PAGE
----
Sell the business, not just the product – but how?

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Find out what your customers want, and create a system that does the best job delivering it.

Several years ago, Michael Gerber wrote a book called “The E Myth: Why Most Businesses Don’t Work and What to Do About It”. Gerber’s message: the customers buy the total results of the business, not just the technician’s product or service. Sell the business, not just the product.

For a good illustration of this idea, check out our previous post.

A successful business is designed as a system that delivers consistent value to its customers and its employees – that gives them (and its investors and suppliers) more than they can expect from any competitor. After all, a business can’t deliver excellent products and services if its employees are unhappy, if the business isn’t making a good profit, and if its suppliers aren’t getting paid on time. It’s extra hard to deliver on time if your business is on ‘credit hold’ with a key supplier.

The system is a structured way of doing business that works predictably and profitably, and sets the business apart from its competitors. According to Gerber, the system produces results, and your people manage the system. This is true even if ‘your people’ is only ‘you’.

This is where you take on the third critical role of a successful business – the manager role. The manager organizes the business created by the entrepreneur. He or she wants to make sure invoices are mailed, customer payments tracked, supplies ordered and checked in, bills and employees paid, and all the other details that  both the technician and the entrepreneur would rather avoid are covered.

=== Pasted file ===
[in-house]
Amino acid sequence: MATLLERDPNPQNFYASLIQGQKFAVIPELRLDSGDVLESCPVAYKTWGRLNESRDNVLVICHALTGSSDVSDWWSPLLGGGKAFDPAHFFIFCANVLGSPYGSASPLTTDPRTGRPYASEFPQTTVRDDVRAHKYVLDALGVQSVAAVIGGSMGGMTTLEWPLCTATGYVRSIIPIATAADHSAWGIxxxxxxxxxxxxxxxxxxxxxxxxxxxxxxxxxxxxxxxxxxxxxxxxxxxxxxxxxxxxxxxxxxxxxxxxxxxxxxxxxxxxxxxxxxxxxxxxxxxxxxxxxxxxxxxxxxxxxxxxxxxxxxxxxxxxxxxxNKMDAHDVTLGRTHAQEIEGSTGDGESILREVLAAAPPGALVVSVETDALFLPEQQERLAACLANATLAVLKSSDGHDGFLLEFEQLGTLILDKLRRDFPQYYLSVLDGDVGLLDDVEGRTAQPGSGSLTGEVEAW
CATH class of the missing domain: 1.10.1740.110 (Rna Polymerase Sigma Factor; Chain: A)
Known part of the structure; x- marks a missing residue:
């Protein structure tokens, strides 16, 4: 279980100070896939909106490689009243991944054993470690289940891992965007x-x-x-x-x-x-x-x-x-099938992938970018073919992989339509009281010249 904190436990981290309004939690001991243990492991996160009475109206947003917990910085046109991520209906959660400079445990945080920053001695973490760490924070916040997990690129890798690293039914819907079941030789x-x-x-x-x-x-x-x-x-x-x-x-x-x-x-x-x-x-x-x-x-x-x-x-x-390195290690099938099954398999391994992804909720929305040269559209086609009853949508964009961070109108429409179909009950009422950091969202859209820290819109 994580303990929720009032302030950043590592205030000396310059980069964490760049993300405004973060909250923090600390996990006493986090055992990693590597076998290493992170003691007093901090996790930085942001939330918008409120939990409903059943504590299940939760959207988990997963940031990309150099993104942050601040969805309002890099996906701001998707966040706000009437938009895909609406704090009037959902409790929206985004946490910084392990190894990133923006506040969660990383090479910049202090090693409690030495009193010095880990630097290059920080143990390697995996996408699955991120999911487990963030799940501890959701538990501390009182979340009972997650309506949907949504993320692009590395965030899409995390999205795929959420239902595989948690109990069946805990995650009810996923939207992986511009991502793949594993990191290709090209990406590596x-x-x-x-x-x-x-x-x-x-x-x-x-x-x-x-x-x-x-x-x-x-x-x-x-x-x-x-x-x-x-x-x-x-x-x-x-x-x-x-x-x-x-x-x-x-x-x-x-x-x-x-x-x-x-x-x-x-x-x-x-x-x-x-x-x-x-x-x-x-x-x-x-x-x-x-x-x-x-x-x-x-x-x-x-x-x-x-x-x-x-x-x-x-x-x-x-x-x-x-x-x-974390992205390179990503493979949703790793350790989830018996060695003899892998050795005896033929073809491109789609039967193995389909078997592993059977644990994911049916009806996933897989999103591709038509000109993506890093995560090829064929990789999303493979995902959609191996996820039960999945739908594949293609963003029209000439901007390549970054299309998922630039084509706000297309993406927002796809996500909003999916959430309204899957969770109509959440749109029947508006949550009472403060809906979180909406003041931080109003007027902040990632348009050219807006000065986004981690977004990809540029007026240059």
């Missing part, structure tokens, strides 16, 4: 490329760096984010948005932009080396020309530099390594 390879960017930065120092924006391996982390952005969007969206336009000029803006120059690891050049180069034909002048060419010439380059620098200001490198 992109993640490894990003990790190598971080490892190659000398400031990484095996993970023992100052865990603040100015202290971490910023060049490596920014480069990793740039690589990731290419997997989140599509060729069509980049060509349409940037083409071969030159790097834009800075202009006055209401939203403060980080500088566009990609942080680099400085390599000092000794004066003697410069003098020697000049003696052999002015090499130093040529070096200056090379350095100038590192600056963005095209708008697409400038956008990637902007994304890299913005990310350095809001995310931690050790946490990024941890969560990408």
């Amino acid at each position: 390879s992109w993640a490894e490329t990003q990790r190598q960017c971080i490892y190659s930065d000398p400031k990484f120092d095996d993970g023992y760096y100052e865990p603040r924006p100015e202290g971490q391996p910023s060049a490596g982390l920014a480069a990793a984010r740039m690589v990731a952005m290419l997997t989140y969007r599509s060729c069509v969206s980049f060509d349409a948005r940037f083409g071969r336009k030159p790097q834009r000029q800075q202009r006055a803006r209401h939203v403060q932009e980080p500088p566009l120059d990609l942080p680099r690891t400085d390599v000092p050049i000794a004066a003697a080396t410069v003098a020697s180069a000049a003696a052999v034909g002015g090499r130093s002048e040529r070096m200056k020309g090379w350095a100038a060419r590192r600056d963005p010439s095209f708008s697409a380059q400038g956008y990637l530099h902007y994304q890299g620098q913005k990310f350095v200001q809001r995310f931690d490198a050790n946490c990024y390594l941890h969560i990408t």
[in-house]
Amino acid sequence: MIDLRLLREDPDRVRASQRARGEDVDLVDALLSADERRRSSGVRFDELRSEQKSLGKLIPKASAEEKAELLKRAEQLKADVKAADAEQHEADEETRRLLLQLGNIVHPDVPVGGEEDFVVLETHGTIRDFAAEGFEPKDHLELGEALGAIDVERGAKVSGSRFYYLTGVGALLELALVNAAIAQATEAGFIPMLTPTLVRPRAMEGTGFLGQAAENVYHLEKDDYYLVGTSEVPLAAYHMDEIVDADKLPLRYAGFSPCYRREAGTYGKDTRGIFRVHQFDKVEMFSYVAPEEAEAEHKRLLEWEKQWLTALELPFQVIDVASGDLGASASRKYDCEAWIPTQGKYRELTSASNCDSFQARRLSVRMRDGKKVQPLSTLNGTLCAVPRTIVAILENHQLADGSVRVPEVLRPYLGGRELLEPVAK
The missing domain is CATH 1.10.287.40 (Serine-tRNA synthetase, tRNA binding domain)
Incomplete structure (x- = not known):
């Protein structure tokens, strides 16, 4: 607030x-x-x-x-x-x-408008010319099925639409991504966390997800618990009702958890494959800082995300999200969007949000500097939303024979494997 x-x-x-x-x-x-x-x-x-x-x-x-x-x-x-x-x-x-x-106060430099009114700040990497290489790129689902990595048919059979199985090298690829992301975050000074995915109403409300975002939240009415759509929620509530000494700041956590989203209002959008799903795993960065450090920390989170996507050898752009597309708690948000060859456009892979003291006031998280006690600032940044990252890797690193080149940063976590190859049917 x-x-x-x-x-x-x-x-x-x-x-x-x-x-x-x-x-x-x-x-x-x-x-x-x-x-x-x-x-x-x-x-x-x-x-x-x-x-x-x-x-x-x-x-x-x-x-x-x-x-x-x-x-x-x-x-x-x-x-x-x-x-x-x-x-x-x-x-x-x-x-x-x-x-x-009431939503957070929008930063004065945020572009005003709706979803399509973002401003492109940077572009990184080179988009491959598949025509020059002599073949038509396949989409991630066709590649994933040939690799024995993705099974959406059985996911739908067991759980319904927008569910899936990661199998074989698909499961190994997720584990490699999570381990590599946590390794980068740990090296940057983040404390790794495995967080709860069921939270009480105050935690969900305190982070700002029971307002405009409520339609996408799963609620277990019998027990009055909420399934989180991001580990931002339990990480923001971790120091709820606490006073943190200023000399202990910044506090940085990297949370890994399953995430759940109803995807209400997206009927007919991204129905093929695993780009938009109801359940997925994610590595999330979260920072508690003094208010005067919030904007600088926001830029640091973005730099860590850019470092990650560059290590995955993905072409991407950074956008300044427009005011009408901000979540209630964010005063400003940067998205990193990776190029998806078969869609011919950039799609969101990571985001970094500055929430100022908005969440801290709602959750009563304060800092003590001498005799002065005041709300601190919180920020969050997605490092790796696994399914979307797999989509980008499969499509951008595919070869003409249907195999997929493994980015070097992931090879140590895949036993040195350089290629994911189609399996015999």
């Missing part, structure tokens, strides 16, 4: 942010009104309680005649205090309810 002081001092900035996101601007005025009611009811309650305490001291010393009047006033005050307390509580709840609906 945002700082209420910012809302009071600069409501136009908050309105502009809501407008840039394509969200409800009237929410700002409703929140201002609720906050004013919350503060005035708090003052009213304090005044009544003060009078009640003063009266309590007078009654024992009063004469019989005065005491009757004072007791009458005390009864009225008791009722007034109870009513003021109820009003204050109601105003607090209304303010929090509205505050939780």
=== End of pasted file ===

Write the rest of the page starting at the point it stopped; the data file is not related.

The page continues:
McDonald’s is well known as a franchise that depends on systems and operations manuals (an article in Entrepreneur magazine says the McDonald’s operations manual is 300 pages long). They make it easy to train new employees to deliver high quality consistent products and service. But McDonald’s didn’t start out as a franchise with more than 33,000 locations around the world.  It started with the McDonald brothers and Ray Kroc. Kroc was attracted to McDonald’s because of the innovative assembly-line process the brothers created.

Your business doesn’t need a 300-page operations manual to be successful. But it does need processes and structure, so your business can run smoothly without you being there. You do plan to take some time off, don’t you? If you’re the only employee right now, this is an ideal time to set up and test your system so it will be ready for your first new hire.

SCORE counselors are available locally or on-line to help you create and manage a successful business. Call us in Pinellas County at (727) 532-6800 or go online to www.pinellascounty.score.org.

Image courtesy of crschmidt via creative commons license

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